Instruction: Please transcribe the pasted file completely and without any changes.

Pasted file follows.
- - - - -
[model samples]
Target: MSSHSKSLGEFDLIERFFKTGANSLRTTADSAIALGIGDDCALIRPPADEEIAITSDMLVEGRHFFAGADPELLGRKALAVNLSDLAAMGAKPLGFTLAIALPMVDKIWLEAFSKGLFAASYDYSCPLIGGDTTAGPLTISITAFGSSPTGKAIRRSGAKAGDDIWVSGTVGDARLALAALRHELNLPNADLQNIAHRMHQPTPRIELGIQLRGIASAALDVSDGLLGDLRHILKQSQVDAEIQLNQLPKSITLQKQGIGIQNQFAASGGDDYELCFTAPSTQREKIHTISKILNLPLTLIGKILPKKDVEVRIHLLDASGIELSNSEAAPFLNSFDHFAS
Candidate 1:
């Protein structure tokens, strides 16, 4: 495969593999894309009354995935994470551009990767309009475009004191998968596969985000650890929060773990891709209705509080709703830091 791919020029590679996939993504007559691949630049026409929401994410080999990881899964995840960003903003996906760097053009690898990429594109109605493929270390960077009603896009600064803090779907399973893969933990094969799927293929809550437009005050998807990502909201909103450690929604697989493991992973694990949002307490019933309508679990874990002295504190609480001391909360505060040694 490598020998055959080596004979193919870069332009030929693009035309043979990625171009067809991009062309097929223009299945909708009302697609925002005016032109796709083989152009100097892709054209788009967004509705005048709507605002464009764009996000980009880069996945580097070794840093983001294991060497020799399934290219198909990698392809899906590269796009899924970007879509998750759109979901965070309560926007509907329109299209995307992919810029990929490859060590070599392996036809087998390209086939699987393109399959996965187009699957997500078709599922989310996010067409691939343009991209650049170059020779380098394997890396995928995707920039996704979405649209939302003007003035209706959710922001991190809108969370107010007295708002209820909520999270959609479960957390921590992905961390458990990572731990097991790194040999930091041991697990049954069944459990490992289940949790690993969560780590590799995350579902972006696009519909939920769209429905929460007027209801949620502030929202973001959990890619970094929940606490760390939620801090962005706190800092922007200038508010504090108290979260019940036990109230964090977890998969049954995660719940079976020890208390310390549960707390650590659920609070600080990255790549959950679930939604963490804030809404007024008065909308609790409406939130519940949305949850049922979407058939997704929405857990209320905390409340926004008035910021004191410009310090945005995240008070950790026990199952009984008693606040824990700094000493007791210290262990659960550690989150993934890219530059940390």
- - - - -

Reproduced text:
[model samples]
Target: MSSHSKSLGEFDLIERFFKTGANSLRTTADSAIALGIGDDCALIRPPADEEIAITSDMLVEGRHFFAGADPELLGRKALAVNLSDLAAMGAKPLGFTLAIALPMVDKIWLEAFSKGLFAASYDYSCPLIGGDTTAGPLTISITAFGSSPTGKAIRRSGAKAGDDIWVSGTVGDARLALAALRHELNLPNADLQNIAHRMHQPTPRIELGIQLRGIASAALDVSDGLLGDLRHILKQSQVDAEIQLNQLPKSITLQKQGIGIQNQFAASGGDDYELCFTAPSTQREKIHTISKILNLPLTLIGKILPKKDVEVRIHLLDASGIELSNSEAAPFLNSFDHFAS
Candidate 1:
């Protein structure tokens, strides 16, 4: 495969593999894309009354995935994470551009990767309009475009004191998968596969985000650890929060773990891709209705509080709703830091 791919020029590679996939993504007559691949630049026409929401994410080999990881899964995840960003903003996906760097053009690898990429594109109605493929270390960077009603896009600064803090779907399973893969933990094969799927293929809550437009005050998807990502909201909103450690929604697989493991992973694990949002307490019933309508679990874990002295504190609480001391909360505060040694 490598020998055959080596004979193919870069332009030929693009035309043979990625171009067809991009062309097929223009299945909708009302697609925002005016032109796709083989152009100097892709054209788009967004509705005048709507605002464009764009996000980009880069996945580097070794840093983001294991060497020799399934290219198909990698392809899906590269796009899924970007879509998750759109979901965070309560926007509907329109299209995307992919810029990929490859060590070599392996036809087998390209086939699987393109399959996965187009699957997500078709599922989310996010067409691939343009991209650049170059020779380098394997890396995928995707920039996704979405649209939302003007003035209706959710922001991190809108969370107010007295708002209820909520999270959609479960957390921590992905961390458990990572731990097991790194040999930091041991697990049954069944459990490992289940949790690993969560780590590799995350579902972006696009519909939920769209429905929460007027209801949620502030929202973001959990890619970094929940606490760390939620801090962005706190800092922007200038508010504090108290979260019940036990109230964090977890998969049954995660719940079976020890208390310390549960707390650590659920609070600080990255790549959950679930939604963490804030809404007024008065909308609790409406939130519940949305949850049922979407058939997704929405857990209320905390409340926004008035910021004191410009310090945005995240008070950790026990199952009984008693606040824990700094000493007791210290262990659960550690989150993934890219530059940390």